Ellen DeGeneres today took the unprecedented step of issuing an apology to staff on her embattled talk show — but her words of regret rang hollow for many, who've labelled it a non-apology and accused the star of throwing her own staff under the bus.

In a letter to staff of The Ellen DeGeneres Show obtained and published in full byThe Hollywood Reporter, the star apologises for what's gone on, insisting that steps will be taken to "correct the issues" going forward. THR also reports that an executive producer on the show, Ed Glavin, will "soon be out."

Earlier this month, a bombshell Buzzfeed report collated stories from 10 former and one current Ellen employee – all speaking anonymously – described a "toxic work environment" with a culture of "racism, fear and intimidation".

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Ellen's language in the letter suggests she wasn't fully aware of the alleged workplace culture at the talk show she's hosted for more than 2700 episodes over the past 17 years. She opens by saying she wanted the show to be a "place of happiness" and is "disappointed to learn that this has not been the case".

"As we've grown exponentially, I've not been able to stay on top of everything and relied on others to do their jobs as they knew I'd want them done. Clearly some didn't. That will now change and I'm committed to ensuring this does not happen again," she says.

"I'm also learning that people who work with me and for me are speaking on my behalf and misrepresenting who I am and that has to stop."

These statements do square with the complaints raised in the Buzzfeed investigation: She barely figures in the employee complaints, aside from one employee alleging they were told never to talk to her if they saw her around the office.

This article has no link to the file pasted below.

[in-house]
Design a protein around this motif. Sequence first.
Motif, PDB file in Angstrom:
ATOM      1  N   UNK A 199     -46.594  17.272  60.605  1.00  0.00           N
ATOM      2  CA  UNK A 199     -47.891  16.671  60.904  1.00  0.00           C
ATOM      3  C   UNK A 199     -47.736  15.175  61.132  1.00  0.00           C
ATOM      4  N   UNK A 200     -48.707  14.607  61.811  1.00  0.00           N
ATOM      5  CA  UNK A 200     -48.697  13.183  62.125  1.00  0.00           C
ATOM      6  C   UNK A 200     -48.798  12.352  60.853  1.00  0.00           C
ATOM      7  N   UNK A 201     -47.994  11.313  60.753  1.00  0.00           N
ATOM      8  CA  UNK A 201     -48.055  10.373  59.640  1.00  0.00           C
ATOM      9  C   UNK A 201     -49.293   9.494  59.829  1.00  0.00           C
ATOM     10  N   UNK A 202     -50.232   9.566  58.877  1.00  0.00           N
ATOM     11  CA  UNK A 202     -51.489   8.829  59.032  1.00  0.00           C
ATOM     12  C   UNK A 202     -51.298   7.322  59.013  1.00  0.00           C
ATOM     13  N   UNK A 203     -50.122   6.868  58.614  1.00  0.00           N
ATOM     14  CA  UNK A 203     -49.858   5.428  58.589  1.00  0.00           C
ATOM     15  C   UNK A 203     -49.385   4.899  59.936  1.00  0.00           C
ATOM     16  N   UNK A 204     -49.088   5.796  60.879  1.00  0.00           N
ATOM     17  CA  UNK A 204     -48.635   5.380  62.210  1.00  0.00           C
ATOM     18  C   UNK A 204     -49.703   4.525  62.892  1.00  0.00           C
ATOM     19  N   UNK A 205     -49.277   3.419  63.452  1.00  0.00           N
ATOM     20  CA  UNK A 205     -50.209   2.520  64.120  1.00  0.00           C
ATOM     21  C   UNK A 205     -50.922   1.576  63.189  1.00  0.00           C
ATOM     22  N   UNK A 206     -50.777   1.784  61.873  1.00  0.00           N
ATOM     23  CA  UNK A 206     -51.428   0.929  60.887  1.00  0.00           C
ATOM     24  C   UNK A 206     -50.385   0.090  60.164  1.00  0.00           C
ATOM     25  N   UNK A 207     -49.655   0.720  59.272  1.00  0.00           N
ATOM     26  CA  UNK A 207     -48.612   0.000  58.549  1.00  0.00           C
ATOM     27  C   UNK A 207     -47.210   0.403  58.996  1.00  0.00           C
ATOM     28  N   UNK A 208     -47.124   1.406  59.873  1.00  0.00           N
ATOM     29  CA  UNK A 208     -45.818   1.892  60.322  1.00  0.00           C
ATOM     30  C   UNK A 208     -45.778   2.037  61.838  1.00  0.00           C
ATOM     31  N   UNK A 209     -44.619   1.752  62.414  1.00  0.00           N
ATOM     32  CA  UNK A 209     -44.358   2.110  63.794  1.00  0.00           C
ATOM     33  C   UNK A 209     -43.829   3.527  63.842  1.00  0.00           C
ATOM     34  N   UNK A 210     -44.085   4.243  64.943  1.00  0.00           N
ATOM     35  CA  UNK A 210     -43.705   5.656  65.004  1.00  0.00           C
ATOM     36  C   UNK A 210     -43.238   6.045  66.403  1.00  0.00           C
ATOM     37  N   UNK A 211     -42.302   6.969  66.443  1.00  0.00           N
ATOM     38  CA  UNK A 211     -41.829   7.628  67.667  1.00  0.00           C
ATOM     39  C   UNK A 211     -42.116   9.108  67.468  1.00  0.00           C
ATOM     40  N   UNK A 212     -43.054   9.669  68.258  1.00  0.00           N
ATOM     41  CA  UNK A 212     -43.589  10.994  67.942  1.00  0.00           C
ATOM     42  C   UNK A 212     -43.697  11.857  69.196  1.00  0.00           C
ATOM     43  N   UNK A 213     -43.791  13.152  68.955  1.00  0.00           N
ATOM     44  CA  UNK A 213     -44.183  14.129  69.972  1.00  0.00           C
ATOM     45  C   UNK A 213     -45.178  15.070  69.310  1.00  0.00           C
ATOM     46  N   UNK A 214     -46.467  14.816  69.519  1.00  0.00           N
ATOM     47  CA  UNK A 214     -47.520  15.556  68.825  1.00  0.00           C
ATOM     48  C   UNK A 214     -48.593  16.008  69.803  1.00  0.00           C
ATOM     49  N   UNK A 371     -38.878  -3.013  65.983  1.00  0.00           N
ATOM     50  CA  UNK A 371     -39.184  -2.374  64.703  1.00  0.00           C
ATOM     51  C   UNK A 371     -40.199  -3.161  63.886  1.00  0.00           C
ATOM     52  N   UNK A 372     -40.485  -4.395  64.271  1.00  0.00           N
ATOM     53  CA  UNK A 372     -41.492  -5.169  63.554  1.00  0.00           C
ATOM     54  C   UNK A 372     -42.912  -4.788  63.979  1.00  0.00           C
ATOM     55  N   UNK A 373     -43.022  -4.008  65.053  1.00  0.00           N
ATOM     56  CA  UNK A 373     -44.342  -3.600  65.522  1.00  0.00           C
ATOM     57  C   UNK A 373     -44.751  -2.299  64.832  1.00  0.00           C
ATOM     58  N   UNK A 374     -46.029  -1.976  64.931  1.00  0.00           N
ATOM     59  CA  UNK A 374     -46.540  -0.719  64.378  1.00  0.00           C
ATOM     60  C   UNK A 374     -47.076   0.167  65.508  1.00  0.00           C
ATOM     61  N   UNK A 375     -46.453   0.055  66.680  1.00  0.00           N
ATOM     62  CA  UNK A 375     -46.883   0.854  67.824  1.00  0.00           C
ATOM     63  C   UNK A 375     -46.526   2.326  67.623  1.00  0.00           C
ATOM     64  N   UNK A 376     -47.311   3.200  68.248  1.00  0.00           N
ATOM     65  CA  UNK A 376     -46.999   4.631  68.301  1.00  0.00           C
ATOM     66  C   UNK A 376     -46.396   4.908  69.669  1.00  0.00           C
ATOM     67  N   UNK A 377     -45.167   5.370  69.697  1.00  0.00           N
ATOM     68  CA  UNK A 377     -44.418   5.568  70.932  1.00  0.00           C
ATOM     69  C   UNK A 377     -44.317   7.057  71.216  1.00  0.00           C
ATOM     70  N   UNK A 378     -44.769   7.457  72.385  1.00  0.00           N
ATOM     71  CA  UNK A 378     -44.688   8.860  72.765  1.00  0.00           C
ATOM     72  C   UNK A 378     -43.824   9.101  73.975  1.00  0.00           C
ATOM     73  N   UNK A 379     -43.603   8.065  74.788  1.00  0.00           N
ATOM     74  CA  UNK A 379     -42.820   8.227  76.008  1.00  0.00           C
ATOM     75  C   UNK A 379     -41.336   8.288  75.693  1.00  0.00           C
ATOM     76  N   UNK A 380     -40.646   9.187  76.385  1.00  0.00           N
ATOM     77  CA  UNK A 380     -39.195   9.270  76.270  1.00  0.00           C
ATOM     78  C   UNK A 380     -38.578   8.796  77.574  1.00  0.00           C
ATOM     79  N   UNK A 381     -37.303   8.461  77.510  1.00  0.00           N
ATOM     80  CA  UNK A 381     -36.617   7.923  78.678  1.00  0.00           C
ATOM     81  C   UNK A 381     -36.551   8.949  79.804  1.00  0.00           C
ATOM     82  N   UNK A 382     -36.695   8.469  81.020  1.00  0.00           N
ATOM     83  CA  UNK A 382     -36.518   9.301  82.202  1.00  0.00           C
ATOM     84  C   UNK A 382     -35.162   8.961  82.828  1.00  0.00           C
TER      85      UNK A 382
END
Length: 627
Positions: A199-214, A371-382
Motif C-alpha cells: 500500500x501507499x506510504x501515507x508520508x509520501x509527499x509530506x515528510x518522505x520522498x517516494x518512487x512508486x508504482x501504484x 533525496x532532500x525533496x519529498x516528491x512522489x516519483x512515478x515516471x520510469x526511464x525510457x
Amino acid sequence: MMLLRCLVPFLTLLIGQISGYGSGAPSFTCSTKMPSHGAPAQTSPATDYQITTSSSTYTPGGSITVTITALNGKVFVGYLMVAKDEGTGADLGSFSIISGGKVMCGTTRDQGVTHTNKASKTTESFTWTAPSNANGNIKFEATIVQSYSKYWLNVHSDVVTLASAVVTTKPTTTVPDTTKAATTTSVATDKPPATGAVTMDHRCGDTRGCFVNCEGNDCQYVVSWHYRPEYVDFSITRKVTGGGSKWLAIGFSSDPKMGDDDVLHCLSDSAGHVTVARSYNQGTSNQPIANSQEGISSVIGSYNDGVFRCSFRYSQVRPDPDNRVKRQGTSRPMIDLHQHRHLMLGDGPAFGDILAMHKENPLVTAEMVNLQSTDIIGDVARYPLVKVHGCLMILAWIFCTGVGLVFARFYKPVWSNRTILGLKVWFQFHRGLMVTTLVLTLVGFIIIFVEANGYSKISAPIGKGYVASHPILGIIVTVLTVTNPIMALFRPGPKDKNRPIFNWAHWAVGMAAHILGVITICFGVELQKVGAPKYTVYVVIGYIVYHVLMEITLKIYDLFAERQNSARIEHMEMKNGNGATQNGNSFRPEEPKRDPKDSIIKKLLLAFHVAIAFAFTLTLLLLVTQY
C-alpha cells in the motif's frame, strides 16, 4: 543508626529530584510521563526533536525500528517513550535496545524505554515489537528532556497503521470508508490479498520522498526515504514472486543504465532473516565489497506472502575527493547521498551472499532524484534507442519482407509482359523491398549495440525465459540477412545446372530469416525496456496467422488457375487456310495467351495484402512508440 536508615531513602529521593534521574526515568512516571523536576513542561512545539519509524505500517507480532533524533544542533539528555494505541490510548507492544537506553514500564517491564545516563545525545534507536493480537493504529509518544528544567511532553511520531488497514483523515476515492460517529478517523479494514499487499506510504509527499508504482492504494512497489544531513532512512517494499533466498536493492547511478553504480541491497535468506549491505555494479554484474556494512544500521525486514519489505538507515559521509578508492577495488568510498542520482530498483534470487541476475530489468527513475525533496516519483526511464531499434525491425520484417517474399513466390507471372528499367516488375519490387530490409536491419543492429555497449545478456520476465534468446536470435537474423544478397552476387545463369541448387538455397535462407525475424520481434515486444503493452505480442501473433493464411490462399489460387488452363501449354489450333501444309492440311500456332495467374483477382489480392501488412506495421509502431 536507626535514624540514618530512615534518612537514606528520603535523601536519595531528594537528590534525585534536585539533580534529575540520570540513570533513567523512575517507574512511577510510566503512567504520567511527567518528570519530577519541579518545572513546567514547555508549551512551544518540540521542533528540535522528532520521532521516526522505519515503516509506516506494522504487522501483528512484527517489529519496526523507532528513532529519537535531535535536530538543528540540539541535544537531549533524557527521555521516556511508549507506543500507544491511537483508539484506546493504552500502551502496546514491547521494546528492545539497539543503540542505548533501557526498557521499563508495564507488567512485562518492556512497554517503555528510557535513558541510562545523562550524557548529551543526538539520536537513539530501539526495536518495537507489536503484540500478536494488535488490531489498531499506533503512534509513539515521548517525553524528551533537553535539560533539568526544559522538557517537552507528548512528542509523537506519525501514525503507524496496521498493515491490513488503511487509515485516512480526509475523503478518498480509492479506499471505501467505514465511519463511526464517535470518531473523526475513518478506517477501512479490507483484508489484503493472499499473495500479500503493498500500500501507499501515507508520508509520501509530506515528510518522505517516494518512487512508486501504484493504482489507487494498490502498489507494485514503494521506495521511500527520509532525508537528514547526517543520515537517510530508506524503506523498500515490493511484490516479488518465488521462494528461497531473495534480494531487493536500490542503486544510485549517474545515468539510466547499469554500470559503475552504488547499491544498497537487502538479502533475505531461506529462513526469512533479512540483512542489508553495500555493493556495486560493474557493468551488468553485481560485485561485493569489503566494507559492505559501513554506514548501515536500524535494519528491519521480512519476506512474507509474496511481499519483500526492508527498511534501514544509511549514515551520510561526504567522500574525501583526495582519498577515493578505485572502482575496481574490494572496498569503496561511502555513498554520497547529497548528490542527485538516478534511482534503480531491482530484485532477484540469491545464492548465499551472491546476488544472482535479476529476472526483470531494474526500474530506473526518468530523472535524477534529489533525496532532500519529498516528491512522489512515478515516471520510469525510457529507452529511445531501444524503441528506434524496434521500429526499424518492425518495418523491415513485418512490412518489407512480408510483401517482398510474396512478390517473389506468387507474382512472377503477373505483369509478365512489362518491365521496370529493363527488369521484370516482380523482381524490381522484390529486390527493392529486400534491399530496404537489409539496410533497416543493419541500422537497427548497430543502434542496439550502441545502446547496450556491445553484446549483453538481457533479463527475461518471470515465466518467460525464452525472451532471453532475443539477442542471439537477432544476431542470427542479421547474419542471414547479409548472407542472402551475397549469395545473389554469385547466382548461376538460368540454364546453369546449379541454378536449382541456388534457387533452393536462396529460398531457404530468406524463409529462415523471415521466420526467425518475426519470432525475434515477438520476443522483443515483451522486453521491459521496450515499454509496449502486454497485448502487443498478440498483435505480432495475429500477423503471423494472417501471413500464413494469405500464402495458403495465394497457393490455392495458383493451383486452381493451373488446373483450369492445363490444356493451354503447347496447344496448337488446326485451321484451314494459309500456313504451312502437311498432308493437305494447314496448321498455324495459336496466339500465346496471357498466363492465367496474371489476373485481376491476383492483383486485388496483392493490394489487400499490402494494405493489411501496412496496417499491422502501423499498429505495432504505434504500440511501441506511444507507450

In those employee accounts, DeGeneres figures as a remote boss who has little to do with many of those working on her show.

But today, many have accused Ellen of passing the buck and deflecting responsibility onto others:

"Uh. I have several friends that have worked on this show – SHE is the problem. Not a single person had a positive experience and 2 were verbally berated by her," tweeted music producer Jordan Buckelew.

"Wasn't even an apology! she shifted the blame entirely and threw her staff under the bus," said another Twitter user.

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Variety reported this week that The Ellen DeGeneres Show "has become the subject of an internal investigation by WarnerMedia" following the reports of workplace issues on the series.

Executives reportedly sent a memo to staff last week saying they have engaged an employee relations group and a third party firm, "who will interview current and former staffers about their experiences on set," said Variety.

The workplace troubles are the latest in a long line of PR disasters for Ellen, who has suffered through awkward celebrity encounters and a viral Twitter thread labelling her the "meanest person alive" this year.

The comedian also came under fire from Ellen staff members for failing to communicate the status of their jobs and pay amid the coronavirus pandemic. Meanwhile, beauty influencer Nikkie de Jager, who appeared on her talk show in January, claimed DeGeneres was particularly "cold" and gave preferential treatment to A-list guests.

DeGeneres' alleged bad reputation was further supported by Tom Majercak, a former bodyguard who protected DeGeneres at the 2014 Oscars. In an interview with Fox News, Majercak branded the host as "sly" and "demeaning".

Perhaps the moment the tide turned for Ellen – an intensely awkward interview with actress Dakota Johnson in November last year, in which Johnson publicly called Ellen out for not coming to her birthday party.

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And just yesterday, a new story emerged from here in Australia: A former Today show boss revealed what really went on behind the scenes when Richard Wilkins interviewed Ellen in 2013.